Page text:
St. Catherine CES meet 100 new classmates

a spoon with tadpoles

By Lance Anderson, Peterborough This Week

Published Jan. 25, 2018

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St. Catherine Catholic Elementary Students were introduced to 100 new classmates in late January.

Karl Pelude’s Grade 6 class gathered around as Atlantic salmon eggs were placed into a container and submerged into an aquarium in the corner of the room. There they were sit until they hatch. From there the students will participate in a field trip near Cobourg to release the young salmon into a river in the spring.

This is the 10th year students at the west-end Catholic school have participated in the Atlantic salmon restoration program. This year, the Ontario Federation of Anglers and Hunters (OFAH) program received a substantial boost after receiving a $307,300 grant from the Ontario Trillium Foundation.

Officials were on hand to announce the funding on Thursday and watch as the salmon eggs were delivered in the classroom.

“One of the most exciting aspects of the Atlantic salmon restoration program is the classroom hatchery program. Over the years we’ve been fortunate enough to bring the program to literally tens of thousands of school kids,” says Angelo Lombardo, executive director of the OFAH. “With this funding we will be able to expand our reach. We will be able to introduce 10 new schools each year for the next three years. We will be able to provide a dedicated person to the program to work with teachers and our educators…and help build on curriculum.”

Lombardo says the program is extremely valuable, not only for students, but for the Lake Ontario Atlantic salmon population. One hundred years ago that population became extinct due to urbanization and habitat loss. However, efforts have been made over the years to reintroduce the native fish back into Lake Ontario and its tributaries, mainly through the restoration program.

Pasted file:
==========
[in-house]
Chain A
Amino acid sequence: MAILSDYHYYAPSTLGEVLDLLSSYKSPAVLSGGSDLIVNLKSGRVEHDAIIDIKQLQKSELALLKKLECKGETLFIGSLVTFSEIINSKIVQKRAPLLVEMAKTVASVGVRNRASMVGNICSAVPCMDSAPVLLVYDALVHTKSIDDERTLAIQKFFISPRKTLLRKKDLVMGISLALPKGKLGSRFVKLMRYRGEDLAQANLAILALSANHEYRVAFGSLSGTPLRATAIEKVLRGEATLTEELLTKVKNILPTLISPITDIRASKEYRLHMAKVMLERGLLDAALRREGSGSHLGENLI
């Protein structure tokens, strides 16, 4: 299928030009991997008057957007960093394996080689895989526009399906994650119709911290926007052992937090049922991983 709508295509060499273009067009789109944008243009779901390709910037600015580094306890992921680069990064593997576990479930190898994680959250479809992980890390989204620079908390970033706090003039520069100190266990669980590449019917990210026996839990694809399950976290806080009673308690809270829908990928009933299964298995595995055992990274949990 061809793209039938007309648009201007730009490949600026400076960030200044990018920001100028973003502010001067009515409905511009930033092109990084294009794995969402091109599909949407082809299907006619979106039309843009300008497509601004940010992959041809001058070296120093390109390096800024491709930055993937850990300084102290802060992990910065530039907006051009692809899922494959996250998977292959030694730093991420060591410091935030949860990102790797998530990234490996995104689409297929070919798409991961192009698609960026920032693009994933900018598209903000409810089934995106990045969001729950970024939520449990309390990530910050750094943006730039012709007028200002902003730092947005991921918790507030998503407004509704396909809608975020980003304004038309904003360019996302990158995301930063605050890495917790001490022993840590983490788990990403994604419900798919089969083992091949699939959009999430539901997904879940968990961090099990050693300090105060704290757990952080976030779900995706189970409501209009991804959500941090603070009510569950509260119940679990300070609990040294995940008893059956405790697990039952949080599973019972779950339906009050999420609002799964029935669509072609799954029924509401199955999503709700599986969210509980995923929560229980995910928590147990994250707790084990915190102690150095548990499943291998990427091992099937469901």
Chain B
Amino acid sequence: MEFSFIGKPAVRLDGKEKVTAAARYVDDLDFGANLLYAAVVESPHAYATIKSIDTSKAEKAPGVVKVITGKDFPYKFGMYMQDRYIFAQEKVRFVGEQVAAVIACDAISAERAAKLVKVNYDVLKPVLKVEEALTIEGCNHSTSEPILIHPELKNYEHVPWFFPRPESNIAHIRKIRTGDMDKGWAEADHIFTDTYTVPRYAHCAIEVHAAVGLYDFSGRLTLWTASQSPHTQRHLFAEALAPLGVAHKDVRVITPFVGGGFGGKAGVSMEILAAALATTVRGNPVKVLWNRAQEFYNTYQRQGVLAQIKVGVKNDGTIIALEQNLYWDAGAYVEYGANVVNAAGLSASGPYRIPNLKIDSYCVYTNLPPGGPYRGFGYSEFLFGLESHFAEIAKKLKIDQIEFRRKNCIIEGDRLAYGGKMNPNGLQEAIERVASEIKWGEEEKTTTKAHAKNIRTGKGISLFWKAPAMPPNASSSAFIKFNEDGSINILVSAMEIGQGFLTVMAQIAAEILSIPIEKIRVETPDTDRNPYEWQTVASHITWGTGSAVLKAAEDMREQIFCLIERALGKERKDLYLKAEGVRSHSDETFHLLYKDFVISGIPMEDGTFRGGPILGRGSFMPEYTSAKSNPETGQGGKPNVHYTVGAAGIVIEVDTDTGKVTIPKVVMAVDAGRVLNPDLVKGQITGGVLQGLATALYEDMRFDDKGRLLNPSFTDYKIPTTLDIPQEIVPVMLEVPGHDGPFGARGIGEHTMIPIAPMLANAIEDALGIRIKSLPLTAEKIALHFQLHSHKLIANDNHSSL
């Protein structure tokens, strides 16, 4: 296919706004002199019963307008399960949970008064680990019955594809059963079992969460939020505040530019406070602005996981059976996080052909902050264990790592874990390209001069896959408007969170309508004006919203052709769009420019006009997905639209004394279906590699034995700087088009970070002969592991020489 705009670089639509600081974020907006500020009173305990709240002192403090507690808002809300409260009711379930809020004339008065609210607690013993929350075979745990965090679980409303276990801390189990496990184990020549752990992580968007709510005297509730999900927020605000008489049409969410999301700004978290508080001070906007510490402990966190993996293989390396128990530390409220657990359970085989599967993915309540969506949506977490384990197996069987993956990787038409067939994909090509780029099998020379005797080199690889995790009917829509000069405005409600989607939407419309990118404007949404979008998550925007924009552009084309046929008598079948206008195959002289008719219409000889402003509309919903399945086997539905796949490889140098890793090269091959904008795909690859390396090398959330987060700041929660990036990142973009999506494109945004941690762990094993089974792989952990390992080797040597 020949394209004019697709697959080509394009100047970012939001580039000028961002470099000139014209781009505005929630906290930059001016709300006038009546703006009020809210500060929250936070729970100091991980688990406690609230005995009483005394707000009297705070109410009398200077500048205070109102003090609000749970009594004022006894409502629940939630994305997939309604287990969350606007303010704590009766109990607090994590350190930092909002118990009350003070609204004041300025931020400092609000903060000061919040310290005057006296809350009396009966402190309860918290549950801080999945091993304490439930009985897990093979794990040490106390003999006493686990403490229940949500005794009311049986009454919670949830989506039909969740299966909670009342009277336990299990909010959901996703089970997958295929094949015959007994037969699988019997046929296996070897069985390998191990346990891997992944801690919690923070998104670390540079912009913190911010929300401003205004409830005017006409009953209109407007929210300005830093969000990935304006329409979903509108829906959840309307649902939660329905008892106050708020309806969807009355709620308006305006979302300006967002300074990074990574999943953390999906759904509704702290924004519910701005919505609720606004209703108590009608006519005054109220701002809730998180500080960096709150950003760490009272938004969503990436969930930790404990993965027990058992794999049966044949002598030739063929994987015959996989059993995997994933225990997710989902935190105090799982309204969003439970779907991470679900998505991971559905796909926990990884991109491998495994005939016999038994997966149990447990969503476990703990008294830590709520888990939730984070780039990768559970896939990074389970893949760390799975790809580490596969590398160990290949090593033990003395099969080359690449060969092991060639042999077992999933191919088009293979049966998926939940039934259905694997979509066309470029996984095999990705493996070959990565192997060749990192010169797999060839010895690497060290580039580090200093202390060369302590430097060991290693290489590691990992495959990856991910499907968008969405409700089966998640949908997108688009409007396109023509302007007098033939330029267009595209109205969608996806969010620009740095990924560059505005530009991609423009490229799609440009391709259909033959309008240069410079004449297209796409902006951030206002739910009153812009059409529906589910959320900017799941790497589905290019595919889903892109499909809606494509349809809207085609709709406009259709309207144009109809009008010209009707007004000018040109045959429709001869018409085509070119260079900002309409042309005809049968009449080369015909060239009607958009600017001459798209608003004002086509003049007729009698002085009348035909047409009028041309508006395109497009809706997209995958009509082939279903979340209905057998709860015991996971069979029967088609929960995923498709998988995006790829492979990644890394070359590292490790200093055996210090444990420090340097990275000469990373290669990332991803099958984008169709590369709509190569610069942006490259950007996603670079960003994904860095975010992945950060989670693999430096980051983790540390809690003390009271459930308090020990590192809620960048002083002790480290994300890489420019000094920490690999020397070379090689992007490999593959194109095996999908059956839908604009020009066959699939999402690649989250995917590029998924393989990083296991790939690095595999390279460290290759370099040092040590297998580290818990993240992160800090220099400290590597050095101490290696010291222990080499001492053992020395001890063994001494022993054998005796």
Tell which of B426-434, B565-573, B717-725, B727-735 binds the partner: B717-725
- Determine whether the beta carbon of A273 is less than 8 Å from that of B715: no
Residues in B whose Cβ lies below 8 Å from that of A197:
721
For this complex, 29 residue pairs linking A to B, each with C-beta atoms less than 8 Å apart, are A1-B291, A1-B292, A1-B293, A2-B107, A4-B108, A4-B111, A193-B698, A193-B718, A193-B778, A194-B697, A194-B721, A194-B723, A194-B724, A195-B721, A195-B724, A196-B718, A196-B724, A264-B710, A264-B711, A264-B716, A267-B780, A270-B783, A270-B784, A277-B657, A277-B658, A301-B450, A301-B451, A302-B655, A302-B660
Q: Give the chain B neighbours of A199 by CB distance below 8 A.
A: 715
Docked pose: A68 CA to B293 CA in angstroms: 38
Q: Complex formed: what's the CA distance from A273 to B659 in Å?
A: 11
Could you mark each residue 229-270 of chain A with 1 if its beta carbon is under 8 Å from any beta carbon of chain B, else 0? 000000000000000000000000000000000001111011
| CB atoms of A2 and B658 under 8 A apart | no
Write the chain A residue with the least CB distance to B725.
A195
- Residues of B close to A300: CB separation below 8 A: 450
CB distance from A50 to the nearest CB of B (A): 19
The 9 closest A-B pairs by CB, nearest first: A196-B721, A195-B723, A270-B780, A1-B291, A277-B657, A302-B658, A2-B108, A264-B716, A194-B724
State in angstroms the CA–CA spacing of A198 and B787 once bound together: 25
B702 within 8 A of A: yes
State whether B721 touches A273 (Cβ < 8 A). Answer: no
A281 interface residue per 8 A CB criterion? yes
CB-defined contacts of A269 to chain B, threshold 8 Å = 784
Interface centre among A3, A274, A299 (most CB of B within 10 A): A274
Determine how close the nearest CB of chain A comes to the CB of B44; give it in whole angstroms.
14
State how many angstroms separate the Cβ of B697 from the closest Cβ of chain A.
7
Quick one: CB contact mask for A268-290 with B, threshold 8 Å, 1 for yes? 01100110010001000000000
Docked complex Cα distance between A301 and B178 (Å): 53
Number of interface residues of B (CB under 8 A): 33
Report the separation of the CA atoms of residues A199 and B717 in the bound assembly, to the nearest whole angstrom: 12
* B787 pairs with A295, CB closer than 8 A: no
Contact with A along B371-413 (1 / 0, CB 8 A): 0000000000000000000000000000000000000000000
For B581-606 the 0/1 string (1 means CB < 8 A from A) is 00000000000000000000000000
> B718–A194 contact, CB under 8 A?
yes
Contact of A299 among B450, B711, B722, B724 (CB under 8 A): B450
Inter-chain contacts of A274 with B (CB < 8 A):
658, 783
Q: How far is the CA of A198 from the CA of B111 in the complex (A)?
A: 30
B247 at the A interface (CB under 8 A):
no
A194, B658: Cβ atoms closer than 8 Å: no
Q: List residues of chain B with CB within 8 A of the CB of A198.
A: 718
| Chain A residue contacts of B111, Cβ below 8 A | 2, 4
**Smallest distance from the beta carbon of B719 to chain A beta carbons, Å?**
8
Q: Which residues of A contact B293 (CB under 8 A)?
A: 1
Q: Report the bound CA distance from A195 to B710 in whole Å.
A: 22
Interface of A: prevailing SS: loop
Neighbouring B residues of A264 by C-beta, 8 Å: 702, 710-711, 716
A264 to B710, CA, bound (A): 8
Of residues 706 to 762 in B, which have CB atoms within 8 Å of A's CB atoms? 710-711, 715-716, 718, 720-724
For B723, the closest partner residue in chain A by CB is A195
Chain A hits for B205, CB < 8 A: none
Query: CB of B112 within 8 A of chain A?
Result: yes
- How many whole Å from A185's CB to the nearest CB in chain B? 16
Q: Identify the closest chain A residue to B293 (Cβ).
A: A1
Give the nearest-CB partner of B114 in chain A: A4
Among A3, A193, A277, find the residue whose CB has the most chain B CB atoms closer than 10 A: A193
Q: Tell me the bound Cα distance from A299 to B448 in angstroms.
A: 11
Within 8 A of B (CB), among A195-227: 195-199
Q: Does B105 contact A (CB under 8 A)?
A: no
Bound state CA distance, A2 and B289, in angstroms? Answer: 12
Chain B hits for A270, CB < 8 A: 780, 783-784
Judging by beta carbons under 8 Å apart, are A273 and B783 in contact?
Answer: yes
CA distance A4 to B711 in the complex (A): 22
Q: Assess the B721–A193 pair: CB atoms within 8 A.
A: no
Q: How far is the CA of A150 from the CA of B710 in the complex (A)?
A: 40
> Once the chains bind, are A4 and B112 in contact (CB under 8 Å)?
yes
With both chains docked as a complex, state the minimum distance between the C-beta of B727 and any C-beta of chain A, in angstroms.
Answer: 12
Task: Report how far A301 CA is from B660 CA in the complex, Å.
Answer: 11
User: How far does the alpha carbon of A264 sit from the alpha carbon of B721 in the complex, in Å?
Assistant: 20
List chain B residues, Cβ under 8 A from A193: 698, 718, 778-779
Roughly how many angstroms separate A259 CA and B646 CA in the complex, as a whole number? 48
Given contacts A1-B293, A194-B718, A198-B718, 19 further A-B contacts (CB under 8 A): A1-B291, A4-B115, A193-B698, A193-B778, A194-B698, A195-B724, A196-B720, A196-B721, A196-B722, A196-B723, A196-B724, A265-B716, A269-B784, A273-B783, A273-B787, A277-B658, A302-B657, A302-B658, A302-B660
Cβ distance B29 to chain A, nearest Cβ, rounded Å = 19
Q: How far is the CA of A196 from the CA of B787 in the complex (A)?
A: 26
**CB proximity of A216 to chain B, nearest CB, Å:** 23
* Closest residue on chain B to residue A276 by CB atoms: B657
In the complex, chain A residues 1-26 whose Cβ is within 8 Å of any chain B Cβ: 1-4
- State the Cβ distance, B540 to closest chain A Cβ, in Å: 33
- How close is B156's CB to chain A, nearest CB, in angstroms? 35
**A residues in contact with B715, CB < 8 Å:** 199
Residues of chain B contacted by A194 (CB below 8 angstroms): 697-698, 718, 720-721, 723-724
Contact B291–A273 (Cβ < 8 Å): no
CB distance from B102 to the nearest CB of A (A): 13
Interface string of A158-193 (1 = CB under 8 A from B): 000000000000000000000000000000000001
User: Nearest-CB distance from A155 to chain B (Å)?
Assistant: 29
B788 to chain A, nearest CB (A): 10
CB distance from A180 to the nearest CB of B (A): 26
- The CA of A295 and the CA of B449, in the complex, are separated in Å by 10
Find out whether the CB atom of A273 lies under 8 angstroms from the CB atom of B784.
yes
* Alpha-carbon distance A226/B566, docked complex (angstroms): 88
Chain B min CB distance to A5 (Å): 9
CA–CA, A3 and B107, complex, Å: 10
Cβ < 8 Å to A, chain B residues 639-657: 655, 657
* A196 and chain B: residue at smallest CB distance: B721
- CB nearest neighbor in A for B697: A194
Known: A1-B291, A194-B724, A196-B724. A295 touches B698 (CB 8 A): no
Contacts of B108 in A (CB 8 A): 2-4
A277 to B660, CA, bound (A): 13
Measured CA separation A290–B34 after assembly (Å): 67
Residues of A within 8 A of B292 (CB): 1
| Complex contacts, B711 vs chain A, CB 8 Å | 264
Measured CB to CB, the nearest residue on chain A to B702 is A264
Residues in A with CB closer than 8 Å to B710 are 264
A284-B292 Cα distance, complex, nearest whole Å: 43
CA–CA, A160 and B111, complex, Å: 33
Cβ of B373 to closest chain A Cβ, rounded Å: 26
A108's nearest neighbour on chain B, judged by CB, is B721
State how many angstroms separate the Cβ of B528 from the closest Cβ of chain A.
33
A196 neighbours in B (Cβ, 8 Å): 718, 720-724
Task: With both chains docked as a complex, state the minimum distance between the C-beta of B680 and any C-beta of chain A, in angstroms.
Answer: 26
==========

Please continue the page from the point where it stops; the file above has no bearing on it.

“We find when the kids are engaged in (this) science based, hands-on learning that it’s not really learning, it’s a lot of fun for them,” says Lombardo. “And they become stewards…and they want to make sure Lake Ontario and the tributaries remain healthy so the fish that they release will remain healthy.”

Karl Pelude, Grade 6 teacher at St. Catherine Catholic Elementary School, says the program is a great opportunity for students who may not otherwise get to enjoy nature. He adds they also learn the consequences of the actions of past people, namely those that led to the local extinction of the Atlantic salmon population.

“And they (students) end up becoming much more aware of what happens because of their actions,” says Pelude. “And they learn a healthy respect for nature.”

Kathryn Peiman, Atlantic salmon restoration program co-ordinator with the OFAH, says one hundred classrooms in the region, each with 100 Atlantic salmon eggs, are currently participating in the program. That means, if all eggs hatch, some 10,000 baby salmon could be released into rivers around Lake Ontario this spring.